Green: A Presumption of Good Faith

We must believe in the fundamental decency of our fellow Americans.

by Isaac Green | 11/15/16 12:15am

Donald Trump is the next president of the United States. It seems easy to lose hope, to believe that this election shows the irredeemable hate that lives in this nation’s underbelly. We desperately want to disengage and hope that, in four years, there will be enough of a millennial or minority vote to return us to the path of “progress.” Mostly rural, white Americans decided this election. They felt left out, excluded from the progress of the past eight years. They have grounds to believe that globalization and technology have robbed them of their once-thriving livelihoods. They have been told that life is better now than it was eight years ago by people for whom that is true — but that is not how they feel. They have expressed this anxiety through a rhetoric rife with hate, but hate alone did not win this election. To continue to believe that it did would be to continue missing what the media and liberal America have failed to recognize over the past year and a half.

Until 8:30 p.m. last Tuesday night, I could not fathom a Trump victory. Every news source, Facebook post, and Op-Ed firmly reassured me that Trump would not win, that the resurgence of America’s dark past he heralded would be squashed on Election Day. I realize now that I was living in a bubble­ — one that I share with my educated and progressive peers and from which our country has been ruled for the past three decades. I could not see Trump’s appeal.

Trump is a misogynistic bully; he is a racist, megalomaniacal, thin-skinned, attention-craving reality TV star — and that’s the only side of him my Facebook showed me. But I have to believe that Trump didn’t win because he fits all of those descriptors; he won in spite of it. He won because we left those in the middle of our nation behind.

We have made progress in pursuing our ideals of an egalitarian society; we have benefitted from globalization; we have been the beneficiaries of the past eight years’ progress. Many — particularly the historically oppressed and disenfranchised — finally felt that the political system was beginning to work for them. But, in our race toward progress, we left white rural America behind. Last week, they reminded us of that. Although we often couldn’t hear their voices from our liberal bubble, their votes counted every bit as much as ours did.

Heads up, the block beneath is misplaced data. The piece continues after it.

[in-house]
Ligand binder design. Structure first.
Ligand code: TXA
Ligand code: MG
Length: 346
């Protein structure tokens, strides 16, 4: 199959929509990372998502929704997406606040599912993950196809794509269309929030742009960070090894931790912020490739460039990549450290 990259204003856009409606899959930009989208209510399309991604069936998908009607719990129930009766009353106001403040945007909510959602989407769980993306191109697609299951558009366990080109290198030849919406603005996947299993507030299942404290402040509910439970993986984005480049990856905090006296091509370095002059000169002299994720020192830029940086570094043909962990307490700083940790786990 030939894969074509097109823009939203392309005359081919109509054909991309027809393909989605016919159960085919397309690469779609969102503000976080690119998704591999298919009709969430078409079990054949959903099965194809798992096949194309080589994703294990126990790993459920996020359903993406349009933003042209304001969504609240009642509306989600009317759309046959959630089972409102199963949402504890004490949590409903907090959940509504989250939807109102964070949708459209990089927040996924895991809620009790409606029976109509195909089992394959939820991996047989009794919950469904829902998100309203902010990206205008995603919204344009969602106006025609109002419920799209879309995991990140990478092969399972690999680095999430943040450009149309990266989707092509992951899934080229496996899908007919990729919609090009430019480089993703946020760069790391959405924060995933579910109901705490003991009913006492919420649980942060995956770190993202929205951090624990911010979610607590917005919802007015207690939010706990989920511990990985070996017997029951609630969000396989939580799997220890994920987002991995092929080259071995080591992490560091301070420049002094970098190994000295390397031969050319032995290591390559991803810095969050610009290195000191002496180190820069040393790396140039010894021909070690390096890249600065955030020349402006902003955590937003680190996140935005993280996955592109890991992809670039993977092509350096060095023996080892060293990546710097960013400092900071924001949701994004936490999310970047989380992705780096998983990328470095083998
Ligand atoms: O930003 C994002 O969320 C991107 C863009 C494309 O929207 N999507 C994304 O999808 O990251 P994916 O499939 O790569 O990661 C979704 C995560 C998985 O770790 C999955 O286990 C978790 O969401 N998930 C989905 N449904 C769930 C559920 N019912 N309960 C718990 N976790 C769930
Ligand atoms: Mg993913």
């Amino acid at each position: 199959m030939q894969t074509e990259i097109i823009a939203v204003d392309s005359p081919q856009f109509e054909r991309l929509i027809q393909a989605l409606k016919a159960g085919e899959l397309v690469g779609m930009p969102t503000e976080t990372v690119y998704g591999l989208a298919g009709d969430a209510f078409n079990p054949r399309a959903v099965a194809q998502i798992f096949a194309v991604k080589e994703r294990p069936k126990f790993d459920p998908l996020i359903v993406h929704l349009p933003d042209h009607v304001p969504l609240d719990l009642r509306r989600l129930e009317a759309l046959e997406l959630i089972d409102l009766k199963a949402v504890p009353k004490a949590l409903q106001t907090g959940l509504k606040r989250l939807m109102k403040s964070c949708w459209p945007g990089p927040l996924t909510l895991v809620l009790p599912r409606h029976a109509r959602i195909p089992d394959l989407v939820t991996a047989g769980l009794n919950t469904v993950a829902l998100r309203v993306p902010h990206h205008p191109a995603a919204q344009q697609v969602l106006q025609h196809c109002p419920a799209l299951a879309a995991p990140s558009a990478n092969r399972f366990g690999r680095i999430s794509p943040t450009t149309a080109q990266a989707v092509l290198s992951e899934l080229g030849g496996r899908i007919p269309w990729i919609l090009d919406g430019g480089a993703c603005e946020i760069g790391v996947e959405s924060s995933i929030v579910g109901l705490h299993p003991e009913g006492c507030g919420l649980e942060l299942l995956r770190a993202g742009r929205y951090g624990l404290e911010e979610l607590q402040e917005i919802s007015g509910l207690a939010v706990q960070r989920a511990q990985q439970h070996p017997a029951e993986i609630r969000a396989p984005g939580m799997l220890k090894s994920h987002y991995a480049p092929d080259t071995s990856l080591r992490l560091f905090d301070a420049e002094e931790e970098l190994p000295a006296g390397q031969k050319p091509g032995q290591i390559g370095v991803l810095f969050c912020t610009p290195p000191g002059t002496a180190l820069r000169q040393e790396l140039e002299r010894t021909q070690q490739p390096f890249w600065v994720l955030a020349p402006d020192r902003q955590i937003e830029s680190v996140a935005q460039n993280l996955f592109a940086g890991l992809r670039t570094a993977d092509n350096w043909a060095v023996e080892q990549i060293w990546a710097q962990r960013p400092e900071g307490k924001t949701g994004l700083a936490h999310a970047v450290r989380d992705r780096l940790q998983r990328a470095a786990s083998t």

Today we have two nations: one that has moved forward and one that has lagged behind. The internet-fueled world that led us to believe that we are more connected than ever before has in fact divided us so much that we couldn’t see what was right in front of our faces. We were so consumed by social media curated to confirm rather than to challenge our ideas that we could not fathom the discontent of a nation left behind.

“Make America Great Again” is more than the racially charged appeal that many of us dismissed it as; rather, it’s a nod to those for whom the American Dream, once so vibrant, is no more. If we want to continue on President Barack Obama’s path towards progress, we must first bring into the fold those we have left behind.

The worst mistake we could make is to continue dismissing Trump’s constituency as merely bigoted white people who dream of a return to pre-civil rights America. While these people surely comprise some of Trump’s coalition, his camp also consists of many regular, decent and hard-working Americans who, on Tuesday, voted for the only candidate who has spoken to them in years and who, whether believably or not, seems to understand their pain. Everything else aside, Trump’s win has given these voices a megaphone to reach the establishment and people like myself.

Now we must choose how to respond. We can either deepen the divides between us and retreat further into the echo chambers that led us to being blindsided by the results of this election, or we can acknowledge the grievances of the members of this nation we have ignored for so long.

I might be wrong to underplay the full current of his campaign’s divisive and racist nature, and should he choose those themes as his mandate, I will use my voice and presence to fight against bigotry and hate. I do not expect us to ignore the dangers that Trump poses, nor should we allow his ideology to be normalized into the American psyche. Giving a voice to the grievances of a forgotten populous does not absolve Trump of responsibility for the hate he has unleashed in this country, and I am certainly privileged to be able to see past his bigotry. But I need to see a glimmer of hope. I want to believe in the fundamental goodness of our democracy and in the people that comprise it. For that, we must believe that this election was about more than race and sex, that this win represents more than a repudiation of the liberal social progress we have made. If we are to have hope we must believe in the decency of one another, and listen to each other so that we can begin the painful work of reconciling our families, communities and nation.

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